Monday, December 21, 2009

Male nude ... life meets art ... in 3D

Here's a glorious male nude, for the sheer joy of artwork. I like this picture a lot, even though it's not much more than a figure against a backdrop. It's the way the light falls around him ... how it turns blue-green and bronze, with a lick of mauve picking out the top of the forearm.

Life meets art, seriously. You can do this with an airbrush or a paintbrush -- I used to, all the time. I'd work a few days to get a sketch I really liked, then transfer it to board and ... paint. Come back next week or the week after, and there'll be a painting.

Working in 3D is better in so many ways. First off, you can "see" this in your imagination and then set out and finish it, border and all, in half an hour (so long as you know what you're doing with the controls. Second ... paint stinks, especially when you vaporize it in an airbrush. Paint and solvents give you a headache, and they're also toxic. Did you know many of the classical painters of olde died of illnesses -- or were crippled by them -- caused by the toxic nature of the paints they were using? True!

Also, with 3D art you can make a mess, delete it and start over without having to go back to the store, buy another board, trace off your sketch ... major work, that, not to mention the expense. Art boards ain't cheap these days! Would I go back to painting traditionally? Yes, but only when I have a lot more time. Which means, when I retire.

So, how was this piece done? It's actually dead simple, it's just the play of the lights that makes it look clever. There's only one model -- Michael 4 -- and he was loaded in from an old project from a few weeks ago. Turn off the costume; turn off the tattoos. Re-pose the model...

I started with a stock pose (something out of the M4 Nuance Poses set, which costs about $10, I think -- and well worth it), and then I changed the whole thing, tweaked it, pulled it ... made it look like he's reaching out toward the storm.

The physique is also changed for this. I was using the Morphs++ when I designed this character, so the morphs stay loaded, and pop back up when you load the old model into the new project:

Look down in the right hand corner there ... click on this and see it at 1000 pixels wide, you can read the tabs. Everything has a slider attached, and you just muck about till he's, um, perfect. You can get some really weird results -- it can get hilarious. But eventually you'll come up with the physique you were looking for.

Then, the camera angle ... and here, you have to be a little bit careful. You have to be aware of something they call the "infinity plane," or the "plane to infinity." What this is, is an imaginary floor lying right under your character's feet. As you move the guy around, the infinity plane changes all the time. You have to see where "infinity" is, and match that up with the horizon line in whatever you chose as a backdrop.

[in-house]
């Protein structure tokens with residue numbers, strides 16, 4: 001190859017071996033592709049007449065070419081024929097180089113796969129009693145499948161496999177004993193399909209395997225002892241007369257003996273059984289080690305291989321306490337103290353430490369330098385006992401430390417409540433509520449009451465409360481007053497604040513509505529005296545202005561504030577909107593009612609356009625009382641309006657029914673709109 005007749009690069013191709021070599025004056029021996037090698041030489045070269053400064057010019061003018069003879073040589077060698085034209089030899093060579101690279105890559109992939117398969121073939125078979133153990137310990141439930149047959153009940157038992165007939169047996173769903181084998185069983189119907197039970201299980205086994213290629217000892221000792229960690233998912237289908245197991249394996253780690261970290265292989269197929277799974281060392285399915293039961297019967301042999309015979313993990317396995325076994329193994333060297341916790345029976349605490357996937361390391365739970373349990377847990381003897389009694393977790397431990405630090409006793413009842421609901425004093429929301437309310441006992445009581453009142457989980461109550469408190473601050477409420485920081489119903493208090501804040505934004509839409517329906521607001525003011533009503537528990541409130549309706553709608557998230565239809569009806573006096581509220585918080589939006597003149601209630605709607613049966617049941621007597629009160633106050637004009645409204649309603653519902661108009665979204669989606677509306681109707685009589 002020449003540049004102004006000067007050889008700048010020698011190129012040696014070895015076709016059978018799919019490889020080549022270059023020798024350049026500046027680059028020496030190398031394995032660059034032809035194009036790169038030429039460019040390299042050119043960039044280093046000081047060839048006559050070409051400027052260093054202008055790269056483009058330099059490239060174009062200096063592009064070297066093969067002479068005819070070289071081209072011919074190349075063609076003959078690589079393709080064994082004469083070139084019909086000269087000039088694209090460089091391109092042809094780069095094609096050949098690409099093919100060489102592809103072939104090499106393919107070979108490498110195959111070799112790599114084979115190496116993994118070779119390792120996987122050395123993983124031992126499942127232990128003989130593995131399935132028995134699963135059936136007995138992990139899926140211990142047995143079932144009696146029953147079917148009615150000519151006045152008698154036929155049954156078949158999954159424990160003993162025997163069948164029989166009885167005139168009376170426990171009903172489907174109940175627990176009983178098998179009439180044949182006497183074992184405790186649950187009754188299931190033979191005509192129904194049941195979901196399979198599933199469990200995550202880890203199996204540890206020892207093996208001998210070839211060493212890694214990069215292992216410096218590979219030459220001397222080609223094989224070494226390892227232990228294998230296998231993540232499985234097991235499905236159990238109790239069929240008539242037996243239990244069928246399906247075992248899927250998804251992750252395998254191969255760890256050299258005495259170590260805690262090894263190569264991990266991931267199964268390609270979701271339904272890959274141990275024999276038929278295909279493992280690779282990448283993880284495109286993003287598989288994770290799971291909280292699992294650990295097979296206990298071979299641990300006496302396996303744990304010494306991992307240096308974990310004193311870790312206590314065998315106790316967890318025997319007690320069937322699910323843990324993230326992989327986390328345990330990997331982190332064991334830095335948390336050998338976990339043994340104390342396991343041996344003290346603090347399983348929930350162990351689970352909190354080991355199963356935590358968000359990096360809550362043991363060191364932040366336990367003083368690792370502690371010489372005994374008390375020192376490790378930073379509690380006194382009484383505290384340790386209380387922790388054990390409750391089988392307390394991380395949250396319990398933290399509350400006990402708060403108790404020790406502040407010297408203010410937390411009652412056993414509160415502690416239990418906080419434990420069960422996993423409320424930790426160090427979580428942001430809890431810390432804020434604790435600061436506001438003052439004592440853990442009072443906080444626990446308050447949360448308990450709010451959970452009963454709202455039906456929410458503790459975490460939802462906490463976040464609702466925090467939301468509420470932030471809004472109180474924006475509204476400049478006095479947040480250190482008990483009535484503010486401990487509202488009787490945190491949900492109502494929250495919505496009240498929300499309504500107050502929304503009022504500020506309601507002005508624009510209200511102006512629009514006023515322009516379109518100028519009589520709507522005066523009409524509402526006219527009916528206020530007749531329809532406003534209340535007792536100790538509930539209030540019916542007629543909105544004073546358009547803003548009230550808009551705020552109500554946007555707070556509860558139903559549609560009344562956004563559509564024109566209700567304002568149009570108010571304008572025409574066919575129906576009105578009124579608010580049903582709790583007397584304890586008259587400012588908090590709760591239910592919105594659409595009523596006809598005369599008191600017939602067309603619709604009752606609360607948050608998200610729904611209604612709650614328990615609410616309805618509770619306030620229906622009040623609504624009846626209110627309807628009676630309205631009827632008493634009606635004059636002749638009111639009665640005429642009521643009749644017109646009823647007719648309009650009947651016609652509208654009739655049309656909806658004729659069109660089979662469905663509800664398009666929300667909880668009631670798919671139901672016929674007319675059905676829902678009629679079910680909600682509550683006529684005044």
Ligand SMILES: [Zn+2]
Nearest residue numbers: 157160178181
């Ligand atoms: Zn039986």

Now, you can chicken out totally and make the background plain, in which case forget all about the infinity plane. And I have done this sooooo many times! Especially when I'm in a hurry. Also, a totally plain background means the figure is the only feature, so Michael 4 is the whole shot. Like this, for instance:

There is nothing else in the shot, just Michael 4 and a torc around his neck, and shadows. (This is one of my vary favorite images -- see the original post, and see it at full size here.)

But after a certain point you start wanting to do scenes ... which means you start thinking about backgrounds ... and eventually you have to think about the "plane to infinity." There's basically only two things you have to keep in mind:

1) Where's the horizon in the backdrop? Match the infinity plane to this, and you'll be halfway home. And, 2) what's the camera angle?

Camera -- what? It's 3D art? Well, even artists (or especially artists!) think about this, but it's true, before the days of George Eastman, it wouldn't have been called "camera angle." They used to call it the "angle of view." Put it like this: if you lie on your belly with the camera 6" above the ground, the foreground of the shot will be compressed -- you get fantastic photos this way. Dramatic. If you stand up straight, you get a standard (boooorrrrring) wide shot. If you get up on the roof, you'll be looking down on the scene...

Every time you change your height above the ground, the "angle of view" changes. (There's another Eureka! moment. It was a real epiphany when the penny dropped for me.)

So when you set up your figure and fly the camera around ... look at the horizon; look at the trees of buildings or windows or whatever, in the background. Is the camera pointing straight at some tree? Is the tree more than two meters tall? In that case, if Michael 4 is standing in front of it, there's no way you can be looking either up at him or down at him, because the tree in the background sets the camera angle!

The background on this picture is a stormy sky ... it's also a digital painting. It wasn't that stormy! Just overcast and coming on to sunset; one bunch of clouds was actually throwing a shadow on another ridge of clouds, and it just looked like there was a storm coming in. I just made it darker, and turned up the red ... which made the picture's purple tones come up.

Then I posed the figure as per the horizon line, and then set up the lights to give the "storm light" effect. As usual, the lights were the roughest part of the picture. I got it waaaay too purple a couple of times.

Male nude ... pure art ... loads of fun!

Jade, 21 December

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